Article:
FWIW I stumbled across their most recent GC when writing a blog post back in May:



      I also found this a comment from a post about Rust and rooting interesting:


      Just to be clear: the joke here is that we are basically suggesting layering our own semi-automated memory management system on top of a third-party automated memory management system. We should be striving to reduce our problems to smaller subproblems, not reproducing them.

      This is the problem I found with handles – I don’t know what safety they really provide. My feeling is that they sit in an awkward spot between static and dynamic. It’s impossible to express handles in C, so obviously they are extraneous in some sense.

      The garbage collector is already a dynamic mechanism for ensuring memory safety at runtime. It ensures there aren’t dangling references.

      It doesn’t really make sense to me to recapitulate that in a Handle mechanism, but just for roots. As far as I know, it’s impossible to write a Handle that enforces correct usage statically. You always end up with a bunch of compromises between performance and safety.

      Again I think the real solution is to not have 500,000 lines of C++ in your language implementation. Like GC, handles are global to the program, because reachability is a global property. Once you start using them, you have to use them everywhere. They’re not modular.

      Also, some people advocated handles, but there isn’t a single design, and I never found a good explanation of the tradeoffs. I think even the “professional” GC implementers are struggling with this issue, and the state of the art keeps changing. Someone should write an overview, but I think nobody is quite satisfied with what they currently have, because of fundamental limitations of C++.

      Regarding 24 bits, the initial version of Oil’s GC had that hard-coded limit, basically to support the separate mark bitmap. But a few weeks ago, with not much effort, @abathur managed to make Oil allocate over 16 Mi objects and crash. So I just changed it to 30 bits :)

      Also reminds me that have been thinking about serializing heaps for a long time as well, and the prototype in this post used 24 bit pointers as well!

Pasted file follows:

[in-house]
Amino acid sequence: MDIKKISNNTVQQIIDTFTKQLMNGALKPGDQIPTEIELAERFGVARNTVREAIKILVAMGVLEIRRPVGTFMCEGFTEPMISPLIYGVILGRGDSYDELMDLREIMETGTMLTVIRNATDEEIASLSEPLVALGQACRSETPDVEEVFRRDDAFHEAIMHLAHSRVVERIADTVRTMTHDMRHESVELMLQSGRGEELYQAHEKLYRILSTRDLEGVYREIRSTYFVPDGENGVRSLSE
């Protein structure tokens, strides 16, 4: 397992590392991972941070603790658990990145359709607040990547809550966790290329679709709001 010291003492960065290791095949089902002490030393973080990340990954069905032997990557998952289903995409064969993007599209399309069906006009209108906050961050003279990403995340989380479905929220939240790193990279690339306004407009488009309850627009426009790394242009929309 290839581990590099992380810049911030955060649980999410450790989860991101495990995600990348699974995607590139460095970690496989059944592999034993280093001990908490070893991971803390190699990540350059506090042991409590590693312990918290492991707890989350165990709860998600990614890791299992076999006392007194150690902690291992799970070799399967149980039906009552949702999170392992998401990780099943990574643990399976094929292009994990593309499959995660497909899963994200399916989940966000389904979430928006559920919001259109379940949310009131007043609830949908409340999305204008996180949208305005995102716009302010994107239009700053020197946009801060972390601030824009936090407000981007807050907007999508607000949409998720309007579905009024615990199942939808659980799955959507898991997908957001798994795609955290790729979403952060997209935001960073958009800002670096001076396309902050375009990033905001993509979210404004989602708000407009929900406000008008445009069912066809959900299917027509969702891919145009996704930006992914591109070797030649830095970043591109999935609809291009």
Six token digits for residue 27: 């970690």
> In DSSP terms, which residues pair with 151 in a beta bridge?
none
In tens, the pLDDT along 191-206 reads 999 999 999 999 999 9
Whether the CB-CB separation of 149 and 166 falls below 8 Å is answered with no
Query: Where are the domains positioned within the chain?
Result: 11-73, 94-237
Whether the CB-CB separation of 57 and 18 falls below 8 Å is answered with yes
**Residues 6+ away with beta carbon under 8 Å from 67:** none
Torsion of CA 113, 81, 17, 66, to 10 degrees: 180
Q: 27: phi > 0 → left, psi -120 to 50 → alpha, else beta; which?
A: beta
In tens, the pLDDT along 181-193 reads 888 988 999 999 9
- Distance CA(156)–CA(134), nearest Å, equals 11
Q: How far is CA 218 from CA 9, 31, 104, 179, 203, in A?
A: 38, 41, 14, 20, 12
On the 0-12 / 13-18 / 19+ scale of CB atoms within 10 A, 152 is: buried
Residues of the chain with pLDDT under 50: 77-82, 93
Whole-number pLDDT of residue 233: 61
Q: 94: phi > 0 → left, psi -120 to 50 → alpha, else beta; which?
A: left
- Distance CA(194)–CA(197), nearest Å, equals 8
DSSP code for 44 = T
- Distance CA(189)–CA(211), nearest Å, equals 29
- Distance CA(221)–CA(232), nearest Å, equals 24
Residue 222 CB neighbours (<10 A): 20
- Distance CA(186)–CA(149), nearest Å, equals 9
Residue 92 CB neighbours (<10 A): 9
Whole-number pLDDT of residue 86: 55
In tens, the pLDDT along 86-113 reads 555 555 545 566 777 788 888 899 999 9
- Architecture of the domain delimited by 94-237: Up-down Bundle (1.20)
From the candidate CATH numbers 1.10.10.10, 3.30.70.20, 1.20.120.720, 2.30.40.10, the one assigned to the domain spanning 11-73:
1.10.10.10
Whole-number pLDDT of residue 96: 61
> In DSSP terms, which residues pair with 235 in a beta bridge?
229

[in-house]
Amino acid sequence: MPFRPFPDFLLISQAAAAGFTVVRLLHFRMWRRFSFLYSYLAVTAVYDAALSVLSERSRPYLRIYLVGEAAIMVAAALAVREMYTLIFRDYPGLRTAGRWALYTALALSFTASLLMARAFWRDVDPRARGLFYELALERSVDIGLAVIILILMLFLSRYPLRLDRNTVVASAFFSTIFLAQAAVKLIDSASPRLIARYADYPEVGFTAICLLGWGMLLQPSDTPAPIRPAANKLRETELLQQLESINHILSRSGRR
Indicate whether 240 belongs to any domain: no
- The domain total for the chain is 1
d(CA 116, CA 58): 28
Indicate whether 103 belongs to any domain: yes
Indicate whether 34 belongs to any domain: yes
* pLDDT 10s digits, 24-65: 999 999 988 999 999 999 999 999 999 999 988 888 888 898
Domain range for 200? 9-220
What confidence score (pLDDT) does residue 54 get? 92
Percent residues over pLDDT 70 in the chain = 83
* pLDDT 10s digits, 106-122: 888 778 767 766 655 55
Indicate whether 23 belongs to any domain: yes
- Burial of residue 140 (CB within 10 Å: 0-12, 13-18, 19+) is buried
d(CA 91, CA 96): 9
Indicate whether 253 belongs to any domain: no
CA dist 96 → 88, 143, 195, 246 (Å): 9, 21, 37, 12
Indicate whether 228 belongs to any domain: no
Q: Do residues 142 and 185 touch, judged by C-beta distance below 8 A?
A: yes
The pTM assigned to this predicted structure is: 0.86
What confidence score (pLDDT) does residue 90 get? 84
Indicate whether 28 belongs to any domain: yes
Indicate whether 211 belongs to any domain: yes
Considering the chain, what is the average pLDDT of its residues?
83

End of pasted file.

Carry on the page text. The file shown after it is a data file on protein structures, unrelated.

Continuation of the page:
That design was more read-only, and I never implemented the graph part – it was a tree. Right now I’m actually back on that horse, experimenting with Python’s pickle as a better format for a graph. It’s a nice format once you get rid of all the insecurity with Python code execution – i.e. making it pure data with lists and dicts, not Python classes and constructors. It’s a stack-based VM with object identity and no control flow.

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        It’s impossible to express handles in C, so obviously they are extraneous in some sense.

        In C a handle is just a pointer to a pointer, where the second pointer is owned by the memory manager and is updated when the object moves. For example a Window**, which you access like (**w).title.

        Handles like these were ubiquitous in the “classic” MacOS; they existed to counter the problem of heap fragmentation in very small heaps (128KB and smaller!) When the heap filled up the memory manager would relocate moveable blocks to make room. All kinds of system data was accessed through handles (although strangely, not windows.)

        And yeah, every developer at some point fell victim to half-dereferencing a handle into a pointer to the object, and then repeatedly using that pointer. It was faster and cleaner. But if you accidentally called something that could allocate memory, your pointer could become invalid and then you were in for a bad time.